Drones are a low-cost solution to mitigate conflict and to conduct aerial reconnaissance and field research in the Maasai Mara. Equipped with one drone per Mara Elephant Project ranger team, they allow our rangers to rapidly respond to effectively mitigate conflict and protect both elephants and people. Elephants when faced with a drone that sounds like a swarm of bees, quickly move out of an area, which quickly and effectively mitigates the conflict situation. Additionally, drones are an effective way to conduct aerial reconnaissance in dense forested areas like the Mau or Loita to root out illegal logging operations. The MEP Research Department can use drones for collecting data from the air, conduct an aerial census, and the long-term monitoring team can use them to capture identification photos of monitored elephants. In addition, they are effective at moving elephants out of densely forested areas when conducting collaring operations or when we support the Kenya Wildlife Service/Sheldrick Wildlife Trust with a veterinary treatment.
MEP has been deploying drones since 2014; however, because of government regulations our drone program was halted until recently. Now, we are legally able to operate drones in partnership with the Kenya Wildlife Service and the Kenya Civil Aviation Authority. Training MEP staff to safely operate the drones is crucial for our organization.
In late March, a drone training lead by Expert Drones East Africa took place on MEP’s campus in the Maasai Mara and Mara Elephant Project rangers and research staff members participated. The two six-day training weeks covered navigation, meteorology, air law, flight planning and more. In the training they were taught theory in and around flight operations using the (UAS) Unmanned Aviation System. This included sections on air law, weather, safety and security. They also had hands-on practical training on how to fly and understand all the safety procedures while handling the drone. They then finished with exams.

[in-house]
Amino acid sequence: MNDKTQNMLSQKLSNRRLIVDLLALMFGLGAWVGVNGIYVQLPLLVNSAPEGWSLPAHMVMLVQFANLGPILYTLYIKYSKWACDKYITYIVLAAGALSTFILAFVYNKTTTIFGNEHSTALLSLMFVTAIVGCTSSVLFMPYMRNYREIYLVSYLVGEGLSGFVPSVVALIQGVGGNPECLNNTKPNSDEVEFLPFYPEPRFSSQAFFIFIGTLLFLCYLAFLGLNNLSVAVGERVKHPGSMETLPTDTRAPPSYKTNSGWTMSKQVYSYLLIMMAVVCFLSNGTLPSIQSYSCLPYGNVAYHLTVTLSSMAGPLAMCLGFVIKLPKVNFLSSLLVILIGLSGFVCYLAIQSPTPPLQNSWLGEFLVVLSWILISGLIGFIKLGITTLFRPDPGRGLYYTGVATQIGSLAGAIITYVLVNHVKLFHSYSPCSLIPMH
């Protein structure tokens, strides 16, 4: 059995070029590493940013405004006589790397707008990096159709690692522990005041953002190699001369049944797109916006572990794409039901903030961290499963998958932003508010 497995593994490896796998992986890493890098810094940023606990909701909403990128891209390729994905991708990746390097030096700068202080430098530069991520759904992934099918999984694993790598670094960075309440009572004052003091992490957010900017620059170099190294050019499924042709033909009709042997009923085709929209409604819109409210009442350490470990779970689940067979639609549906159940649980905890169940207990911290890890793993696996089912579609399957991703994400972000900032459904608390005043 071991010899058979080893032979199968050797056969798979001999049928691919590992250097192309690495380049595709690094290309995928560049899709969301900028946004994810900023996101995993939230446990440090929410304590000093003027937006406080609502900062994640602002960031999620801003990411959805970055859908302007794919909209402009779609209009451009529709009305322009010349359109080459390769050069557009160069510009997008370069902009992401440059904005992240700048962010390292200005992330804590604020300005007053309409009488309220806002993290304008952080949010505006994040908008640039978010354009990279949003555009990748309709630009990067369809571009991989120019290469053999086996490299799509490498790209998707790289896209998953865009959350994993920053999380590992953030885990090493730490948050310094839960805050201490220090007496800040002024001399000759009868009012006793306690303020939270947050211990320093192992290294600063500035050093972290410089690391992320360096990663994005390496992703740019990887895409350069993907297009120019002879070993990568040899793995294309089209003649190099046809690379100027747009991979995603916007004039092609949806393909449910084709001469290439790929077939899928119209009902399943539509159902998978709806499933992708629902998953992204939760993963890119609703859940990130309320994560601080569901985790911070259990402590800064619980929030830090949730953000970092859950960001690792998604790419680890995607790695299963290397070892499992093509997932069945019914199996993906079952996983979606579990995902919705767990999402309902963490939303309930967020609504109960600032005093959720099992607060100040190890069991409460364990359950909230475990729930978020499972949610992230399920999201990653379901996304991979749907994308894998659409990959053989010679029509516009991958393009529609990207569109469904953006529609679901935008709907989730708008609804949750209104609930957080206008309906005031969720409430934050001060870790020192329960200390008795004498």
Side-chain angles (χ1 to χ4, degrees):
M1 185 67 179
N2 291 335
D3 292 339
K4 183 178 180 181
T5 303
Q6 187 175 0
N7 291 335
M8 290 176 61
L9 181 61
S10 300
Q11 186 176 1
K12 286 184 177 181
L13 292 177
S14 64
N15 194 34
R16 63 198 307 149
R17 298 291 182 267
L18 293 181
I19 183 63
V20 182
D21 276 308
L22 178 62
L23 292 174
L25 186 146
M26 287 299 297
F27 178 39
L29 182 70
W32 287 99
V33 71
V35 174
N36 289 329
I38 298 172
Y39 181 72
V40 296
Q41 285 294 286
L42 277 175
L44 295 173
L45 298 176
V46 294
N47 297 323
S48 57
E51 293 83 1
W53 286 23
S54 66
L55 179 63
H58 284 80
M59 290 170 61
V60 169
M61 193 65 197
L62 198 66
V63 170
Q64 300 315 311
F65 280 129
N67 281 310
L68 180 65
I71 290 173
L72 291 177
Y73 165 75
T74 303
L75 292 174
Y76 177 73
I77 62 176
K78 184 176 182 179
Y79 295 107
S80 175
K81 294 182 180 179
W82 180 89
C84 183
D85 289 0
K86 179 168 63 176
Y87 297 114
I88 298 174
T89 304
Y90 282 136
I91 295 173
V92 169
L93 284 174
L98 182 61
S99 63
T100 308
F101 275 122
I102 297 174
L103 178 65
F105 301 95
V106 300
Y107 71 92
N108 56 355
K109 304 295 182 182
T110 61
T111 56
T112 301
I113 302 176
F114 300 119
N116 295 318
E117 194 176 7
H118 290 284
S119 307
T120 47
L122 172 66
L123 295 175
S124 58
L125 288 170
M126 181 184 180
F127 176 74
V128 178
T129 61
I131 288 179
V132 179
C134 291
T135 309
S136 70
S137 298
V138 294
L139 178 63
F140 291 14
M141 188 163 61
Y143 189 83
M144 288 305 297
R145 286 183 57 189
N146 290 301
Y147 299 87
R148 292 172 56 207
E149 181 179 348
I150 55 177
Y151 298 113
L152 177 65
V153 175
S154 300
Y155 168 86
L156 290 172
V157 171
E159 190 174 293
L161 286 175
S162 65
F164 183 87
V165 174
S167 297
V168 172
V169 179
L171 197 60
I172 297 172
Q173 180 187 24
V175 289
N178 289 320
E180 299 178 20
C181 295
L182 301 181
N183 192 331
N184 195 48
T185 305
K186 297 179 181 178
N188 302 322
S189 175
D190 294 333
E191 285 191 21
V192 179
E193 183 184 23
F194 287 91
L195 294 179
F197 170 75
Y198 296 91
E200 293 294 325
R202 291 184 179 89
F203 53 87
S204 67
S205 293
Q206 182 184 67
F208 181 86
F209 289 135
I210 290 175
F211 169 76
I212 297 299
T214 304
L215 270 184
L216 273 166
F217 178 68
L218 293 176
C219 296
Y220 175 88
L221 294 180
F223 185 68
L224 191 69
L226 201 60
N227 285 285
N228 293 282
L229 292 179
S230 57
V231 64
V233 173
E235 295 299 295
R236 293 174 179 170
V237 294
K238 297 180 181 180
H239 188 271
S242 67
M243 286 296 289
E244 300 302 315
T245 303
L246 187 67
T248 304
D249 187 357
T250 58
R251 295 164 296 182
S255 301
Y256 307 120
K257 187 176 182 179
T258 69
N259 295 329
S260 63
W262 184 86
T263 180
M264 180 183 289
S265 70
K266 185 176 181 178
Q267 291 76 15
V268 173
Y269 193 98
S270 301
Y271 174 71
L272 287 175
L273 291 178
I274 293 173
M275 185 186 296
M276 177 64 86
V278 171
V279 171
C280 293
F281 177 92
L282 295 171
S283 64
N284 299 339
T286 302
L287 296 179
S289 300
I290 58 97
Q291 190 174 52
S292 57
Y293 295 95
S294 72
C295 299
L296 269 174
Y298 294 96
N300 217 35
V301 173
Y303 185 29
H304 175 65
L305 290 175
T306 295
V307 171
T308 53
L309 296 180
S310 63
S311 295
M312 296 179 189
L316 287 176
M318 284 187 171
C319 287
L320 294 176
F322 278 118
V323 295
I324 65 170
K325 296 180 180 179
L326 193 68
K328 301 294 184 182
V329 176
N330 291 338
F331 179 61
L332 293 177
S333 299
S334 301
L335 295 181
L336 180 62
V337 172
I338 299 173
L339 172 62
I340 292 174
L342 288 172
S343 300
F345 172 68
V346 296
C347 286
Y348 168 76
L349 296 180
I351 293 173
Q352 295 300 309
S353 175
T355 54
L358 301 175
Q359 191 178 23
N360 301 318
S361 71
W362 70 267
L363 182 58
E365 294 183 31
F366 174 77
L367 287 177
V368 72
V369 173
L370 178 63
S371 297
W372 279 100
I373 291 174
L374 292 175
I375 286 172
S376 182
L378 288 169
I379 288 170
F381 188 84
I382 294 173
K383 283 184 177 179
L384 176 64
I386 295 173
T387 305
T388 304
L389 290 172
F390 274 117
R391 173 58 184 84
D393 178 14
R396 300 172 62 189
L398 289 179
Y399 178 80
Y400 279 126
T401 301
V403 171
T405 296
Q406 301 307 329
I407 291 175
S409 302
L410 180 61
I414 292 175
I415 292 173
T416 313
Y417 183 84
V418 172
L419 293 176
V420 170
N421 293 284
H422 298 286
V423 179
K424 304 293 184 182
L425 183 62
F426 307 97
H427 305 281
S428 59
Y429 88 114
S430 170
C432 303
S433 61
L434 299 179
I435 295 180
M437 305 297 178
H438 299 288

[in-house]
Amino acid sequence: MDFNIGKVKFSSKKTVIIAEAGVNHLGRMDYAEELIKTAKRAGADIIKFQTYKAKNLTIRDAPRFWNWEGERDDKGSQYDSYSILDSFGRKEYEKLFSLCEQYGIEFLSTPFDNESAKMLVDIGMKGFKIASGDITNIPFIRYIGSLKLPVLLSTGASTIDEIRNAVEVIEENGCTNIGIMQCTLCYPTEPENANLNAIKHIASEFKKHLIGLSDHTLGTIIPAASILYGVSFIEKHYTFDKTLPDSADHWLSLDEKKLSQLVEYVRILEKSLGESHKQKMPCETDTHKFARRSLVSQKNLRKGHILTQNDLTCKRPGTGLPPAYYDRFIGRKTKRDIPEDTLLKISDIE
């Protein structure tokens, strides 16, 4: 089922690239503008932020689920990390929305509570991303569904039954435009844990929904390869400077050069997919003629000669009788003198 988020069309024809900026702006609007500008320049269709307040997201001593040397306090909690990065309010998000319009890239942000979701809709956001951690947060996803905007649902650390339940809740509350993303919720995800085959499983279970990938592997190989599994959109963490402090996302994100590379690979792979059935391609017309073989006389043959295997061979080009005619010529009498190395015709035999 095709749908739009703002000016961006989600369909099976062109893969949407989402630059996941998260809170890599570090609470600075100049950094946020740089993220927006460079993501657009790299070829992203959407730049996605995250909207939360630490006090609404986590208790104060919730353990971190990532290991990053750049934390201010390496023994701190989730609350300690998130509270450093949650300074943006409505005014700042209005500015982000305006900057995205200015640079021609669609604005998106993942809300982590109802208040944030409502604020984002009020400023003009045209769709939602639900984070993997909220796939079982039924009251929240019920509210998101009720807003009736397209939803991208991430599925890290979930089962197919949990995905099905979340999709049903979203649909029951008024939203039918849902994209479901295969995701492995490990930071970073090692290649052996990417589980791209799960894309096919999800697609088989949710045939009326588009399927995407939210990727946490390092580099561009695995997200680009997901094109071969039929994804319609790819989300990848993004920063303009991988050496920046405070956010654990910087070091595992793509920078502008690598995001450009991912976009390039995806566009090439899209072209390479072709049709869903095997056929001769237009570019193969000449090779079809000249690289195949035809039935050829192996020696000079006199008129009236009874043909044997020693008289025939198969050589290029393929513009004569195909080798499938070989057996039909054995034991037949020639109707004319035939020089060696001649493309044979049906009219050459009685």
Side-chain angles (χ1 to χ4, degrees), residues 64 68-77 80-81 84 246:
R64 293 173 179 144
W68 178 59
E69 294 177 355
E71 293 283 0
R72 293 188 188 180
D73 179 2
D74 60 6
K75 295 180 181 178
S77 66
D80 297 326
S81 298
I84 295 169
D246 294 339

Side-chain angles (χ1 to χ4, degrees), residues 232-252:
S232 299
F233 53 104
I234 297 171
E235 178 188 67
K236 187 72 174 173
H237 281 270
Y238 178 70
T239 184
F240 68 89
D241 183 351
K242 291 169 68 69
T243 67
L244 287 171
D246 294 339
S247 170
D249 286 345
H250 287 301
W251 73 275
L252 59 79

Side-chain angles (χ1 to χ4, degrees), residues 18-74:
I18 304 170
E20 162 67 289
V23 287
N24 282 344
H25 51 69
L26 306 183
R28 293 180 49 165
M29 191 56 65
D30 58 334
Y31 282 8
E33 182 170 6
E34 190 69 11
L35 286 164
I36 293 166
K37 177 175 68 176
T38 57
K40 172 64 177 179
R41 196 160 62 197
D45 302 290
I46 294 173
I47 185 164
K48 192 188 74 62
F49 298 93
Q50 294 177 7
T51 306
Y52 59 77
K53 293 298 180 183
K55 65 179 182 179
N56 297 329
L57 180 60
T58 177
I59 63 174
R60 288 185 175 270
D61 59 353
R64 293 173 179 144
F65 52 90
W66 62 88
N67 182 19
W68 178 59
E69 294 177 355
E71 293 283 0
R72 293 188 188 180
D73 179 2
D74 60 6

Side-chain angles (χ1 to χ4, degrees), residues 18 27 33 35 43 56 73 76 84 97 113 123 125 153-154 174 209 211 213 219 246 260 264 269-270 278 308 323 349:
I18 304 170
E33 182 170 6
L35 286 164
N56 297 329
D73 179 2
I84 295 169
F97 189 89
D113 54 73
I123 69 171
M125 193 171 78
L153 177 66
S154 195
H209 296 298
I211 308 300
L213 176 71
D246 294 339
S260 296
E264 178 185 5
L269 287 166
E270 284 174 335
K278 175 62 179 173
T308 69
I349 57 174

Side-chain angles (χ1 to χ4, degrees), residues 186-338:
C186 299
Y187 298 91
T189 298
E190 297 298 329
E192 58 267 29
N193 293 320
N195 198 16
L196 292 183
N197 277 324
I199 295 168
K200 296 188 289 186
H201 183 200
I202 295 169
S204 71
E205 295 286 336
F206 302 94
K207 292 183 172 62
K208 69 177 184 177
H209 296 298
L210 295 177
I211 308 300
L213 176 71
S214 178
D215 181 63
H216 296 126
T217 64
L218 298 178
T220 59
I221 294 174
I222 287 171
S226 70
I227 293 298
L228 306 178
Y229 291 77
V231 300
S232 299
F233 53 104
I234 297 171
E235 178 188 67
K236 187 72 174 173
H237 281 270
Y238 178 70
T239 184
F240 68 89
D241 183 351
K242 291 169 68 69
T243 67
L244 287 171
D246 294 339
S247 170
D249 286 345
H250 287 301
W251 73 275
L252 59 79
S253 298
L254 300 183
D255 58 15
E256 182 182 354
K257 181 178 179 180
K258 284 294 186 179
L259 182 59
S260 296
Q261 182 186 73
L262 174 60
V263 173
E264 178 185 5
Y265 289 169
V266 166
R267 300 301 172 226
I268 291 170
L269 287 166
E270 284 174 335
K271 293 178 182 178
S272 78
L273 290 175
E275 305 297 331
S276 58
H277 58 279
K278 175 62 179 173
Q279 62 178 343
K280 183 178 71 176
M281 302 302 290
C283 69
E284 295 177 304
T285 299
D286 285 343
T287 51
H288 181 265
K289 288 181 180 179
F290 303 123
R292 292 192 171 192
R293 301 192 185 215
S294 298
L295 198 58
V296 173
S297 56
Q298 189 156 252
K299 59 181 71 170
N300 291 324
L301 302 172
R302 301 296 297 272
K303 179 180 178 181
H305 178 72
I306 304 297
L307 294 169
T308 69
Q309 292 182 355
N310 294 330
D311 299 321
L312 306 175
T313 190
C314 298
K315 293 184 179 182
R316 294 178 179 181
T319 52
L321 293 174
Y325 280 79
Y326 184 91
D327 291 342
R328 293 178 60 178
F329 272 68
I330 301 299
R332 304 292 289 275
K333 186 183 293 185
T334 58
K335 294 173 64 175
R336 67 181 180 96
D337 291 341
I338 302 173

We’re happy to say that MEP rangers and staff are now successfully graduated from the program and have received their remote pilots’ licenses. Congratulations to Wilson Sairowua, David Kimanzi, Abigael Pertet, Vincent Lenkoko, Jackson Maitai, Augustine Kantai, Caren Yegon, Stanley Momposhi, Felix Yiaile, Lesikar Koyie, Purity Masuntu, Edward Kuyo, Cosmass Bett, Francis Muli and Jake Wall. Additionally, five of the staff were identified by the drone trainer Tobias Ogeto to be exceptional and it was recommended that they receive more training in the future to get their instructor’s license.
Our long-time partner Elephant Cooperation supported a portion of this training because they are interested in investing in the future generation of Kenyan conservationists. It’s very fitting that the Earth Day theme this year is “Invest In Our Planet”, because MEP believes in investing in the people of our planet to protect it, and we’re very fortunate to have Elephant Cooperation as a partner for this. If you’re also interested in investing in training for our staff, please support our efforts by donating today.